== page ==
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Old 10-24-2011, 11:48 AM   #84
Nave 'Torment'
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Default Re: Anne Hathaway as Selina Kyle/Catwoman XVII

Quote:
Originally Posted by KRIM View Post
All true, however even back in the early days of Bob Kane/Bill Finger, Bruce never failed to have a woman on the side. In 'Shadow of the Monk' he was juggling both Batman and an engagement to Julie Madison. When that ended, he moved onto other girls such as Vicki and Silver. So history hasn't shown a truly isolated Bruce Wayne. It's obvious his heart is penetrable, but it's keeping that relationship that's proven to be the obstacle.

As you say, the enticement to live a life with Selina makes their dynamic so interesting. But I'd go beyond that and say the desire to simply live and be happy, are the ultimate forbidden fruits. If Bruce were a pure pragmatist, there is no drama when he is faced with the decision to go after it. He would have already made up his mind and rejected it completely. But if there's a small part of him that thrives for it, then you create that cognitive dissonance which raises the emotional stakes.
Wonderfully said. Even in the old stories though, Bruce was always talking the superhero rhetoric about not letting those women become a part of his life. He isolates himself. He is a pragmatist because he manages to refrain from that, manages to curb his emotions for the utilitarian cause. It isn't easy, and in the best stories we get a sense of how hard the sacrifice was for him. We have, however, yet to see this in the romantic life of Nolan's Batman/Wayne. Rachel Dawse was always someone he ached for. One is lead to believe, at the end of TDK, whether Batman's lack of a romantic life in the more well-known stories are because of the things that happened with Rachel. The suggestion was there.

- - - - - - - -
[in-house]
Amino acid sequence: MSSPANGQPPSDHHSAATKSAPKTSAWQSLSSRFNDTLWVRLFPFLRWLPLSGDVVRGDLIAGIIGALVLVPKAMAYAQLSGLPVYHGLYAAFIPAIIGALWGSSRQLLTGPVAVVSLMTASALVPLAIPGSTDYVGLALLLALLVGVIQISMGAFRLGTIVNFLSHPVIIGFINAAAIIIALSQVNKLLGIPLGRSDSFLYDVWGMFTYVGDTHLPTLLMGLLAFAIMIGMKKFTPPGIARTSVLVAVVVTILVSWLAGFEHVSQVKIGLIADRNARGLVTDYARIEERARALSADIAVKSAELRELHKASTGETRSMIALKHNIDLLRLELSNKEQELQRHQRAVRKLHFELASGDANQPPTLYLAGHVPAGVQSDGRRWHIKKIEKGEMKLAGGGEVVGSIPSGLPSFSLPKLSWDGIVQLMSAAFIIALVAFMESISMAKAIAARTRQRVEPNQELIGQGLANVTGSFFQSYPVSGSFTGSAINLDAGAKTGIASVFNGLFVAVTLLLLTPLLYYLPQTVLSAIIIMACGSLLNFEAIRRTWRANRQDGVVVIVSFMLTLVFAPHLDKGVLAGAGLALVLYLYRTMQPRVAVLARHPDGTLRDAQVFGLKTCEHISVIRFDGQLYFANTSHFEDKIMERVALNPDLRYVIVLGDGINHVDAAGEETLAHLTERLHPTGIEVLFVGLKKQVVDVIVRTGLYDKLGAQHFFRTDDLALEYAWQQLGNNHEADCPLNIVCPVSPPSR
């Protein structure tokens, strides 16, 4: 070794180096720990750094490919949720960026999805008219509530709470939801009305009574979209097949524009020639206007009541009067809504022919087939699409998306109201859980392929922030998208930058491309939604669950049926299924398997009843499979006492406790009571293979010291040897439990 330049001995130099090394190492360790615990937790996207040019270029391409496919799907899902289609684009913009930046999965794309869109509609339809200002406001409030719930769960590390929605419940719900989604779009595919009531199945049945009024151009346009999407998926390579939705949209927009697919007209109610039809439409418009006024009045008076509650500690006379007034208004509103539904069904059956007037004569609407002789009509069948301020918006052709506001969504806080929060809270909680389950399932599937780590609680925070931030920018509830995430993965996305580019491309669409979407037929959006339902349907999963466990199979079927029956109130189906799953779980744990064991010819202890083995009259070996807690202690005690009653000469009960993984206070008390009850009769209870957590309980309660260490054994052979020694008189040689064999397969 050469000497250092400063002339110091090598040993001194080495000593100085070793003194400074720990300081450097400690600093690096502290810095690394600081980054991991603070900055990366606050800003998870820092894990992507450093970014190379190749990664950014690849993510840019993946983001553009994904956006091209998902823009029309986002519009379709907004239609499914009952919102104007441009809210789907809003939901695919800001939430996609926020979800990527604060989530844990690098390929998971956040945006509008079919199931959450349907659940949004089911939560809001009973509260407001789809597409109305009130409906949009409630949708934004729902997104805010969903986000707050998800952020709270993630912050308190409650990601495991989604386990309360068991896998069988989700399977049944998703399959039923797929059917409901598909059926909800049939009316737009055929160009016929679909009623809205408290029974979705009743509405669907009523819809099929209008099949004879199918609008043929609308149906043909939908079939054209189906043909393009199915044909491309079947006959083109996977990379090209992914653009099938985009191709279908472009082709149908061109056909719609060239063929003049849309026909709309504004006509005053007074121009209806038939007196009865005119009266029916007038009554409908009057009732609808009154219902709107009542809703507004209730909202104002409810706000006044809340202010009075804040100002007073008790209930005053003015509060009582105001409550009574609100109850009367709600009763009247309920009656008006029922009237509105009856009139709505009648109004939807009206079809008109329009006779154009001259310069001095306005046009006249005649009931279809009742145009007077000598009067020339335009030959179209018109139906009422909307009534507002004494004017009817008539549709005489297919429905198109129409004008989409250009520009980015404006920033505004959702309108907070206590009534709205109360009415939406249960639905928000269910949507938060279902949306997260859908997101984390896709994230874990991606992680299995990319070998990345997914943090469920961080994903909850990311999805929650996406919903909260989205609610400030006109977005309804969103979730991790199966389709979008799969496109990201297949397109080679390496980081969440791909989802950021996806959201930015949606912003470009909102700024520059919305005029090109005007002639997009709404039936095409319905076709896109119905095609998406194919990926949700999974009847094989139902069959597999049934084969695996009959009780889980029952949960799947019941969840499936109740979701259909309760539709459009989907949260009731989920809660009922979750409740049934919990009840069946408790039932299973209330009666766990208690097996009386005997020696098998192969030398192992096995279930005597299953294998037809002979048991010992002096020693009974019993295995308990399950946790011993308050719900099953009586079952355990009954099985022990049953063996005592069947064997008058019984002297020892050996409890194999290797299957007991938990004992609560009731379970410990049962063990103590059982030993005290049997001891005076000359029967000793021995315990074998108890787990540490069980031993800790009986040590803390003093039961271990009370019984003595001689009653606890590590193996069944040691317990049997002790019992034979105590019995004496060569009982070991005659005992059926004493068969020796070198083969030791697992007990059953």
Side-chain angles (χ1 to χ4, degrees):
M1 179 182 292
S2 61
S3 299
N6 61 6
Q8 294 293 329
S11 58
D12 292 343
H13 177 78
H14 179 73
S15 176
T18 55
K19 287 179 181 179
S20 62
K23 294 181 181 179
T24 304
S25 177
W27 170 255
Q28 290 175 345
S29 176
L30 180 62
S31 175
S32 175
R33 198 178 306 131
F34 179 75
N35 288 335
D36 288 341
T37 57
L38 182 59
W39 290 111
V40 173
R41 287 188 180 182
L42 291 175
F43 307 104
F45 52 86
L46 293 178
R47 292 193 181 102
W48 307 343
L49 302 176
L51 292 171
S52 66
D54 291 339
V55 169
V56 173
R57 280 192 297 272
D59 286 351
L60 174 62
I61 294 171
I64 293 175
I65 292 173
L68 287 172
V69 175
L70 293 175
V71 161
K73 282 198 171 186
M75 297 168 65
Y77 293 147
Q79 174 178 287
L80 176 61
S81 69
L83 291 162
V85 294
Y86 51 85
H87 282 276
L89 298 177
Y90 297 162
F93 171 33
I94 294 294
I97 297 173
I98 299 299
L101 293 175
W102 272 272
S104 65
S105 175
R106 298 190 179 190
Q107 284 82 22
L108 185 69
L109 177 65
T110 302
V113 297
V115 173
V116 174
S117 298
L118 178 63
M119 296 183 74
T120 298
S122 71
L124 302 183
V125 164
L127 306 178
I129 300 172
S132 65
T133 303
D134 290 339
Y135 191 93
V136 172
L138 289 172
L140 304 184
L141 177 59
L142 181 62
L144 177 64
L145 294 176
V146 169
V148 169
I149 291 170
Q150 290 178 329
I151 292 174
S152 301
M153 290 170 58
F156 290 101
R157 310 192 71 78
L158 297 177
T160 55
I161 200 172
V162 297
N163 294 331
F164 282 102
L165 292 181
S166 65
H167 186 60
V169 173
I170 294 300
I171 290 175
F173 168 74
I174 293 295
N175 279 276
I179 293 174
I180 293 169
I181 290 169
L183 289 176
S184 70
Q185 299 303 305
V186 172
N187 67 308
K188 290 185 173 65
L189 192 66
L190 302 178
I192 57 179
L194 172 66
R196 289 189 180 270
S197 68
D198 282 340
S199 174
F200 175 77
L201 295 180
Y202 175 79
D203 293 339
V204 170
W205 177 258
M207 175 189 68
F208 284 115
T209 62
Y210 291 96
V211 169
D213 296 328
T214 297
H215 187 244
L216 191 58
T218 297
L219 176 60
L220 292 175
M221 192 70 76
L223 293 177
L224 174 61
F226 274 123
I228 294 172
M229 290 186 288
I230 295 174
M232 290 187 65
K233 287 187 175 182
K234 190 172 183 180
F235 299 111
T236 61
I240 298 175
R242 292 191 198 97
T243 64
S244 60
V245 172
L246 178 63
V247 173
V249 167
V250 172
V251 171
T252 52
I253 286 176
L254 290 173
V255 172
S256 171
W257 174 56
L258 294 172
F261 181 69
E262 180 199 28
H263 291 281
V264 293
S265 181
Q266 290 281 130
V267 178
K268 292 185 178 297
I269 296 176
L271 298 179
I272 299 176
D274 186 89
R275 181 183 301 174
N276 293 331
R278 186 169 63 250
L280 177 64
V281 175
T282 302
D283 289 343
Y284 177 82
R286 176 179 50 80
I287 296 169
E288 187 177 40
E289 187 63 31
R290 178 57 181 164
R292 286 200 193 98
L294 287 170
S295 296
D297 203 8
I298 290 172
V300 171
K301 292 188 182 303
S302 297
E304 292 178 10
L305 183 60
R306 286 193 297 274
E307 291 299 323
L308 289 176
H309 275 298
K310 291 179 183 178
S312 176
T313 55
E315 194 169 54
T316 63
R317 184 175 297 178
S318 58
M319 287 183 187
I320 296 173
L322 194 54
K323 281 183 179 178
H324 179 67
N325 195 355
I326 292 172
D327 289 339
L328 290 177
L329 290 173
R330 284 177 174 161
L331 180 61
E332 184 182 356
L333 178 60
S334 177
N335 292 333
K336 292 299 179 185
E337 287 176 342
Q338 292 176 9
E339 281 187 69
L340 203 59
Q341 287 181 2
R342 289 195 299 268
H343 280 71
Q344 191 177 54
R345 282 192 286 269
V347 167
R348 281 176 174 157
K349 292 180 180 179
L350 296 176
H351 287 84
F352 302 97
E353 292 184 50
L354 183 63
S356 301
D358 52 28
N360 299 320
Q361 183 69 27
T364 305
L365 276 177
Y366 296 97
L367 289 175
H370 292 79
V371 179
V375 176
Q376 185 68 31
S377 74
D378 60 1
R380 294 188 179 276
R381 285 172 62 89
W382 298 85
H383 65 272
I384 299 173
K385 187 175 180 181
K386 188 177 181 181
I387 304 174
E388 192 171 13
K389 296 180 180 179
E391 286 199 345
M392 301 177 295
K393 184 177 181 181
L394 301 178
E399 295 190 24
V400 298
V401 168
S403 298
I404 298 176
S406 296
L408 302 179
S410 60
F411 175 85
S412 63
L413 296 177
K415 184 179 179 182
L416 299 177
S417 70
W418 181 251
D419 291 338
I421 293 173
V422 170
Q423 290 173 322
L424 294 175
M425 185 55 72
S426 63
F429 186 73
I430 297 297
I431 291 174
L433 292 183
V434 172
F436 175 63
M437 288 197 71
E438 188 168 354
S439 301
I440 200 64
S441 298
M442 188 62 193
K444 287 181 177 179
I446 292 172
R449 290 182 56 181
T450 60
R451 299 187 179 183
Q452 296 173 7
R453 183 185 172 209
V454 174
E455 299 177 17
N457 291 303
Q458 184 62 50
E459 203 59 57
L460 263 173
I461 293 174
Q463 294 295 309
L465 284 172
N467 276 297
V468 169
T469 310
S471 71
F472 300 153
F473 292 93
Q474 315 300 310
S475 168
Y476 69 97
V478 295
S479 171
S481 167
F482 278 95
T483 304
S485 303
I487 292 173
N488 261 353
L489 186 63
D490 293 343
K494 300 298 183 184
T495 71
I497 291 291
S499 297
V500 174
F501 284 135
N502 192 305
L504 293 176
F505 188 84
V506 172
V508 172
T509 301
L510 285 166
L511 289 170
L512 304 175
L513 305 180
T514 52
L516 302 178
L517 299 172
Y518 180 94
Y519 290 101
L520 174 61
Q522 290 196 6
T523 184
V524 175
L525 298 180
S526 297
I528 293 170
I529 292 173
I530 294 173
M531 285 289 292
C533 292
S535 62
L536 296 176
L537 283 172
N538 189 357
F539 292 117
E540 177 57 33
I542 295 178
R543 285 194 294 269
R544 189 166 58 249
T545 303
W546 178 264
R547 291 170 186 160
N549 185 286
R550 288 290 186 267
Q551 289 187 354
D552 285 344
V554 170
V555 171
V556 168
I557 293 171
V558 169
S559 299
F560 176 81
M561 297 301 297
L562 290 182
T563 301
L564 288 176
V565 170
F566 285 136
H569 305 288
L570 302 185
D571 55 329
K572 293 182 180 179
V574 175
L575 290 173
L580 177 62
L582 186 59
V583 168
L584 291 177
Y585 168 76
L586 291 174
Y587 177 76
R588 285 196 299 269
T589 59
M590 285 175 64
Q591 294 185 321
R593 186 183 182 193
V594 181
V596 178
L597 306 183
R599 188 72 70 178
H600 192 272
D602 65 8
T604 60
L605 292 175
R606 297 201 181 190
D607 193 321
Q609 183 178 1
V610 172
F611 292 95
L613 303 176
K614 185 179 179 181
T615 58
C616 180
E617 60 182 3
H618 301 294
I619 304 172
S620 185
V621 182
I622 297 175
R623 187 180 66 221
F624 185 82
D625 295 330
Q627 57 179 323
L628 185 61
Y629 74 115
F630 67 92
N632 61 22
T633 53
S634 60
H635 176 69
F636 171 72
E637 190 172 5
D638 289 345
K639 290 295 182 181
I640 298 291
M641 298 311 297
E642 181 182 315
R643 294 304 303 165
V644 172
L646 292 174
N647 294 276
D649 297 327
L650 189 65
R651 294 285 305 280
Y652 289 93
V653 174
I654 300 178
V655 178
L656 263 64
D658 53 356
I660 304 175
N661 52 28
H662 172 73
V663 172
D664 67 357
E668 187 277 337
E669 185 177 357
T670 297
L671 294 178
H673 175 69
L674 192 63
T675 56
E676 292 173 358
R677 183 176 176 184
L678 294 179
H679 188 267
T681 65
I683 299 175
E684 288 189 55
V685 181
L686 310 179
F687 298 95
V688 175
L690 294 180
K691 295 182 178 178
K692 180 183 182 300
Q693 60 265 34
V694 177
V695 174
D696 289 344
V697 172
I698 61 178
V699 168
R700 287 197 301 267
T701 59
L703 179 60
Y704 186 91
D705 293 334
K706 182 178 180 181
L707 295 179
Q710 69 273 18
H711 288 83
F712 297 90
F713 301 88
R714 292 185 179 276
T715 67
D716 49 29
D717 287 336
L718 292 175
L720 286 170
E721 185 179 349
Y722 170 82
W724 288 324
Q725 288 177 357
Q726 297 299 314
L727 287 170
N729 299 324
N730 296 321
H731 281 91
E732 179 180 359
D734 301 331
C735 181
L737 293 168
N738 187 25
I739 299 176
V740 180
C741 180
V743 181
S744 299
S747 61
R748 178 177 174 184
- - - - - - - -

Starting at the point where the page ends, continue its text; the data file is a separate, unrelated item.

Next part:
Julie Madison, of course, and then there was Linda Page. You know it's interesting but I remember a dialogue between society-boy Bruce and recently-turned-worker-girl Linda, and in it she tells Bruce how he needs to work for the betterment of society, like she has. Bruce acts aloof, and brushes it off. But Linda maintains that he is inherently a good person, but never acts on it. The whole thing reads like that scene where Bruce and Rachel meet in Batman Begins upon his return, and I wouldn't be surprised if the filmmakers had some kind of inspiration from it.

We usually credit Tim Burton as the more 'Golden Age' centric director of the Bat-films, but some of those original characterisations and motifs are still present in all incarnations of the character. At least they manage to seep through. It will be interesting to see how Batman's love-life is portrayed this time.

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THE JUSTICE BULLETIN published some of my thematic analysis on the symbolism in Nolan's superhero saga.
I call it Heroic Archetypes. You can read the parts on Batman Begins in the following links:
(pt 1; pt 2; pt 3; pt 4; pt 5; pt 6; pt 7)


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